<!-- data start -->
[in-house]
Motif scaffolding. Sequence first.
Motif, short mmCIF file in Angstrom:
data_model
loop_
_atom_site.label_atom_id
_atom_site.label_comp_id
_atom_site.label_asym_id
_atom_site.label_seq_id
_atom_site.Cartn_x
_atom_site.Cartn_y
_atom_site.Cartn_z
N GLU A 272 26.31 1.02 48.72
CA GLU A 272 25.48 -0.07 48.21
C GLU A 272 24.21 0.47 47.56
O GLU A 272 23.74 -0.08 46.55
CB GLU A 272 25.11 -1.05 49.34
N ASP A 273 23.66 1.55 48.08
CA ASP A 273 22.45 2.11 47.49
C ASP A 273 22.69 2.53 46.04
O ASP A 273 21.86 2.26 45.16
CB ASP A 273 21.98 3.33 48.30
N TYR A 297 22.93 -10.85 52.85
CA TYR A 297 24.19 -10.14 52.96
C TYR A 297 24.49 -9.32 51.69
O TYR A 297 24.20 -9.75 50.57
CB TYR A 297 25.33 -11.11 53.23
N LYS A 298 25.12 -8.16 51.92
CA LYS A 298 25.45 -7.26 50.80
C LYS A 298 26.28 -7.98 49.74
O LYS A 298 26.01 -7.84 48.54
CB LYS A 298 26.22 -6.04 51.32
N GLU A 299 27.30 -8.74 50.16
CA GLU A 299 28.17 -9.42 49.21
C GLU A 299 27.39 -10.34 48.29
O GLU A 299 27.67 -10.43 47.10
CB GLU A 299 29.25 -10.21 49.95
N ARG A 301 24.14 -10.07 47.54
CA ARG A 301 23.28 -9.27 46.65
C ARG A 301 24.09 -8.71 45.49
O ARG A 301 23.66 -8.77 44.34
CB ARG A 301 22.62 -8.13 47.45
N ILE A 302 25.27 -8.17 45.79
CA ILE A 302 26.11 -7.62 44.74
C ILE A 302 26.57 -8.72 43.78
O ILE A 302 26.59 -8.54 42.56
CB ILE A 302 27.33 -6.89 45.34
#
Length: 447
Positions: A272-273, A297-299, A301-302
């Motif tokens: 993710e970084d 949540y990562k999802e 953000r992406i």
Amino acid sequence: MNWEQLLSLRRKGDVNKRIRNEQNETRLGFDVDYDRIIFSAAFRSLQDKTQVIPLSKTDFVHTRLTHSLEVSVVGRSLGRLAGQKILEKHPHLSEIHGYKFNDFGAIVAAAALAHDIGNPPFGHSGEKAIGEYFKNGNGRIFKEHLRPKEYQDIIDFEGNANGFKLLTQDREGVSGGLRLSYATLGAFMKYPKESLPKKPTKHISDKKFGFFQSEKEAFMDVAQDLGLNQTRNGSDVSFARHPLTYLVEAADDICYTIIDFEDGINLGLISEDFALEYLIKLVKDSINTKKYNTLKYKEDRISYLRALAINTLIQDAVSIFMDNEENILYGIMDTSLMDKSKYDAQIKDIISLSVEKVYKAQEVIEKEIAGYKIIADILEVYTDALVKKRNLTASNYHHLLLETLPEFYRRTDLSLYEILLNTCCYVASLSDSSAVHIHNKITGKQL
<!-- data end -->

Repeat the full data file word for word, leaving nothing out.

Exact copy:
[in-house]
Motif scaffolding. Sequence first.
Motif, short mmCIF file in Angstrom:
data_model
loop_
_atom_site.label_atom_id
_atom_site.label_comp_id
_atom_site.label_asym_id
_atom_site.label_seq_id
_atom_site.Cartn_x
_atom_site.Cartn_y
_atom_site.Cartn_z
N GLU A 272 26.31 1.02 48.72
CA GLU A 272 25.48 -0.07 48.21
C GLU A 272 24.21 0.47 47.56
O GLU A 272 23.74 -0.08 46.55
CB GLU A 272 25.11 -1.05 49.34
N ASP A 273 23.66 1.55 48.08
CA ASP A 273 22.45 2.11 47.49
C ASP A 273 22.69 2.53 46.04
O ASP A 273 21.86 2.26 45.16
CB ASP A 273 21.98 3.33 48.30
N TYR A 297 22.93 -10.85 52.85
CA TYR A 297 24.19 -10.14 52.96
C TYR A 297 24.49 -9.32 51.69
O TYR A 297 24.20 -9.75 50.57
CB TYR A 297 25.33 -11.11 53.23
N LYS A 298 25.12 -8.16 51.92
CA LYS A 298 25.45 -7.26 50.80
C LYS A 298 26.28 -7.98 49.74
O LYS A 298 26.01 -7.84 48.54
CB LYS A 298 26.22 -6.04 51.32
N GLU A 299 27.30 -8.74 50.16
CA GLU A 299 28.17 -9.42 49.21
C GLU A 299 27.39 -10.34 48.29
O GLU A 299 27.67 -10.43 47.10
CB GLU A 299 29.25 -10.21 49.95
N ARG A 301 24.14 -10.07 47.54
CA ARG A 301 23.28 -9.27 46.65
C ARG A 301 24.09 -8.71 45.49
O ARG A 301 23.66 -8.77 44.34
CB ARG A 301 22.62 -8.13 47.45
N ILE A 302 25.27 -8.17 45.79
CA ILE A 302 26.11 -7.62 44.74
C ILE A 302 26.57 -8.72 43.78
O ILE A 302 26.59 -8.54 42.56
CB ILE A 302 27.33 -6.89 45.34
#
Length: 447
Positions: A272-273, A297-299, A301-302
């Motif tokens: 993710e970084d 949540y990562k999802e 953000r992406i």
Amino acid sequence: MNWEQLLSLRRKGDVNKRIRNEQNETRLGFDVDYDRIIFSAAFRSLQDKTQVIPLSKTDFVHTRLTHSLEVSVVGRSLGRLAGQKILEKHPHLSEIHGYKFNDFGAIVAAAALAHDIGNPPFGHSGEKAIGEYFKNGNGRIFKEHLRPKEYQDIIDFEGNANGFKLLTQDREGVSGGLRLSYATLGAFMKYPKESLPKKPTKHISDKKFGFFQSEKEAFMDVAQDLGLNQTRNGSDVSFARHPLTYLVEAADDICYTIIDFEDGINLGLISEDFALEYLIKLVKDSINTKKYNTLKYKEDRISYLRALAINTLIQDAVSIFMDNEENILYGIMDTSLMDKSKYDAQIKDIISLSVEKVYKAQEVIEKEIAGYKIIADILEVYTDALVKKRNLTASNYHHLLLETLPEFYRRTDLSLYEILLNTCCYVASLSDSSAVHIHNKITGKQL